- Category: Z77X-UD5H
- Published on Thursday, 27 June 2013 19:14
- Written by Super User
First of all if you want to know what everyone else does about MVP, more than what I have to say, please read up on it through Lucid’s Whitepaper on MVP, it is really easy to read and explains everything much better than anyone else could.Here is the White paper. It isn’t technical, and all the pictures you see on articles like adnatech’s come from it.
Now is it just me or are we seeing huge boosts in iGPU technology recently? For me that points to the evolution of iGPUs increasing in performance at a much faster rate than the dGPU. It is leading to their actual usefulness for processing. As we saw Sandy Bridge’s iGPU is extremely good at video transcoding, however is it just as good at dealing with discrimination? The discrimination of frames to be processed and not to be processed is a huge task which has been offloaded to the iGPU with the introduction of Lucid MVP. It offers users that HUGE performance boost in their FPS, and it is what all the hype is about.
So what the heck is MVP? Well in short MVP is a program made by Lucid, the guys who made the iMode and dMode switching program we saw on Z68(Virtu) as well as the Lucid Hydra which was a multi-GPU PCI-E bridge which wasn’t really that good. This time however they have been at work with something special. Lucid says that by being able to take into account human responsiveness as well as screen refresh rates they are able to process things more efficiently, but not at the level at which you think. They don’t speed up rendering, instead they allow you to not render things you would never see and then they also move some of the dGPU’s tasks to the iGPU, this is called HyperFormance. They also have a new VSync option that allows VSync up to 120FPS, called Virtual Vsync. Basically MVP allows your iGPU to work in tandem with your dGPU, but not like in SLI. In fact increasing the iGPU frequency or memory allocation doesn’t help the MVP scores at ALL!! So they aren’t using the iGPU to process the actual rendering, however the iGPU is being given the output buffering task, and the program is allowing the total removal of frames in the processing que which the user will never see on the screen. MVP takes control of the information following to the dGPU as well as that which the dGPU sends back to the CPU and iGPU, so that the dGPu can be better managed.
Here is my own diagram on how it works:
The iGPU and CPU are first determining what not to process and what to process and in what order. Then those frames are sent to the dGPU where they are processed, and at this point the iGPU knows what frames it should get back and at what time since it has calculated all of this, it then processes the output buffer and the image is displayed on the screen. Since the iGPU and the CPU control the flow of information to and from the dGPU at all times, they are basically making the dGPU the slave and the iGPU and CPU the master, which in turn allows hierarchical organization of the information being sent up and down stream. This should lead to much more efficiency processing, however this “peer to peer”, more like “master-slave” communication is going to cause some microstutter. We will take a look at that later though.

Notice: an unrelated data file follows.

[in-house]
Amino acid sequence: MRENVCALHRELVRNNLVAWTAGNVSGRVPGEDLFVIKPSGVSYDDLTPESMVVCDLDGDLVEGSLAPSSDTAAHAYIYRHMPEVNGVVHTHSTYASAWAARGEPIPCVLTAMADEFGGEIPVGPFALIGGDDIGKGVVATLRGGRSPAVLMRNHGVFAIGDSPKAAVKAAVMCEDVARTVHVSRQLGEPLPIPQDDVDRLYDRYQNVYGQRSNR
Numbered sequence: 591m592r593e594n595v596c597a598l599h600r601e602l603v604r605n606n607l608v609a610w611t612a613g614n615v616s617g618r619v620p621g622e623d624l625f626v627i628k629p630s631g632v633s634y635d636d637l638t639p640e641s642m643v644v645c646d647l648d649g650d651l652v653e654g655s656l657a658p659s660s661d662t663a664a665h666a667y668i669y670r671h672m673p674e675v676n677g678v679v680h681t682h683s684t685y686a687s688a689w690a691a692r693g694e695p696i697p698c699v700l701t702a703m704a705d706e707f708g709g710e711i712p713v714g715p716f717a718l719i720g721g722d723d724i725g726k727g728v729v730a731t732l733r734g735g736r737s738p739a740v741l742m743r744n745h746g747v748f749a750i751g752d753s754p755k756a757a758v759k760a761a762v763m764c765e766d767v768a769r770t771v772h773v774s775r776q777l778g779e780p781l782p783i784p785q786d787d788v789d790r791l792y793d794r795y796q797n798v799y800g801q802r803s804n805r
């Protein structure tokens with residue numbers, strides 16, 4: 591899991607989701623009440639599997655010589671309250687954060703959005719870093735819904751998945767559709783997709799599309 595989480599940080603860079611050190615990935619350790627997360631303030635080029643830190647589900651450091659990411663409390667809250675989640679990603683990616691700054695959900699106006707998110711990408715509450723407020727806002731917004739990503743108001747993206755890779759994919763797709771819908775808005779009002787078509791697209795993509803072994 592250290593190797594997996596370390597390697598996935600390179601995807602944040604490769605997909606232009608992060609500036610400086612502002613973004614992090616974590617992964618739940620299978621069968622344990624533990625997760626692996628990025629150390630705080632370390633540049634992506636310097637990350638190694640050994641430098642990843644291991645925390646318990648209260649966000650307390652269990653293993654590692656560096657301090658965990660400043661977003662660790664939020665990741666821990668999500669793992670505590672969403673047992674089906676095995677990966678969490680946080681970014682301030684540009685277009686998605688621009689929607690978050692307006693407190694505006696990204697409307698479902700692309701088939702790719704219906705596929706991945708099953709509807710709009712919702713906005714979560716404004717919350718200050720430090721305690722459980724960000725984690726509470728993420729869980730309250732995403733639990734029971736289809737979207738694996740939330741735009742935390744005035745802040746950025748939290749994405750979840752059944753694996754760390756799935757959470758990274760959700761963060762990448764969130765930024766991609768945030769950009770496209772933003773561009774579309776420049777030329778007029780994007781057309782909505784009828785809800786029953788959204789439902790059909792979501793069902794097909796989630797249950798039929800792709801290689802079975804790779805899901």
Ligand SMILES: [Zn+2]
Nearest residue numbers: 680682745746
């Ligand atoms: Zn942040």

HyperFormance, because of what it does, greatly increases the FPS measured, as while the frames aren’t being rendered faster, the scenes as a whole are being rendered at a faster rate. So instead of rendering all 2000 frames for a scene the GPU will only render 1000 or so, now if the GPU does this at the same rate as it did before then the scene can be rendered in half the time. MVP takes into account your responsiveness and it also uses a pretty good algorithm to do this as the picture quality doesn’t take much of a hit, at least I couldn’t see the difference. Below I have added a picture, please tell me if you can chose which is with MVP and which is without, but please note this is the first image I saw when the level started:
I will show you which are which later. I expect this program not to be perfect, I expect it to have flaws, however why would the picture be worse at a given frame? Is the GPU rendering worse than it would normally? The answer is no, however the way the frames are being put together would allow there to be issues such as when there is tearing, and that is where their Virtual Vsync comes into play. I left Virtual Vsync on and I guess it works in the background because my FPS in this game at this resolution I used are extremely high, like easily in the hundreds. I did however have no tearing whatsoever. In the benchmarks above we saw the huge performance gains from MVP, so I used one of the games that worked flawlessly with MVP, which was Call of Duty: MW4 for my analysis. In my mind the HyperFormance, the mode of the program which allows for this removal of frames, is like a broader implementation of Z-Culling which is a technology from NVIDIA which eliminates pixels that the user will never see from being rendered. In this case the elimination of whole frames is taking place.